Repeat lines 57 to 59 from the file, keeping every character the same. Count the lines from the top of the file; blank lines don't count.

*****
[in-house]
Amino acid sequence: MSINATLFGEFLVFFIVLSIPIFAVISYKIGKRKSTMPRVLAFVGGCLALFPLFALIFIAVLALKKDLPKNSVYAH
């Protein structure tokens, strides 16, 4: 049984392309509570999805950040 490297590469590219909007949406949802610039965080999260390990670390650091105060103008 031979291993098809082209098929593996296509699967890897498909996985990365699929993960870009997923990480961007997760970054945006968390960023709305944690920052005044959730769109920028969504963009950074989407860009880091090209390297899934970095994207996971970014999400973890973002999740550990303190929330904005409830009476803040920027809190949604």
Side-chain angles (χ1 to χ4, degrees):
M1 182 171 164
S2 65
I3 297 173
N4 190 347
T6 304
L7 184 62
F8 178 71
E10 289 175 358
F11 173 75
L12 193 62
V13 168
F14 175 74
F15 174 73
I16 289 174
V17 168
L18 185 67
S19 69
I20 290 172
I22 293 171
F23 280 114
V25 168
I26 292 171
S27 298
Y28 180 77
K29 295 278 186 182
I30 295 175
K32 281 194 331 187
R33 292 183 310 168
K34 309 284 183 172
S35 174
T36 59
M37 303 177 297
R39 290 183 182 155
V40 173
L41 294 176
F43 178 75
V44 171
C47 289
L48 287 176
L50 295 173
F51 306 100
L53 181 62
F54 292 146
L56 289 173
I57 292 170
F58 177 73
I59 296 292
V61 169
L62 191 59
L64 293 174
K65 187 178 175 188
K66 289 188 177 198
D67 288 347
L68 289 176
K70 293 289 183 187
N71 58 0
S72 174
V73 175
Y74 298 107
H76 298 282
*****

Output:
D67 288 347
L68 289 176
K70 293 289 183 187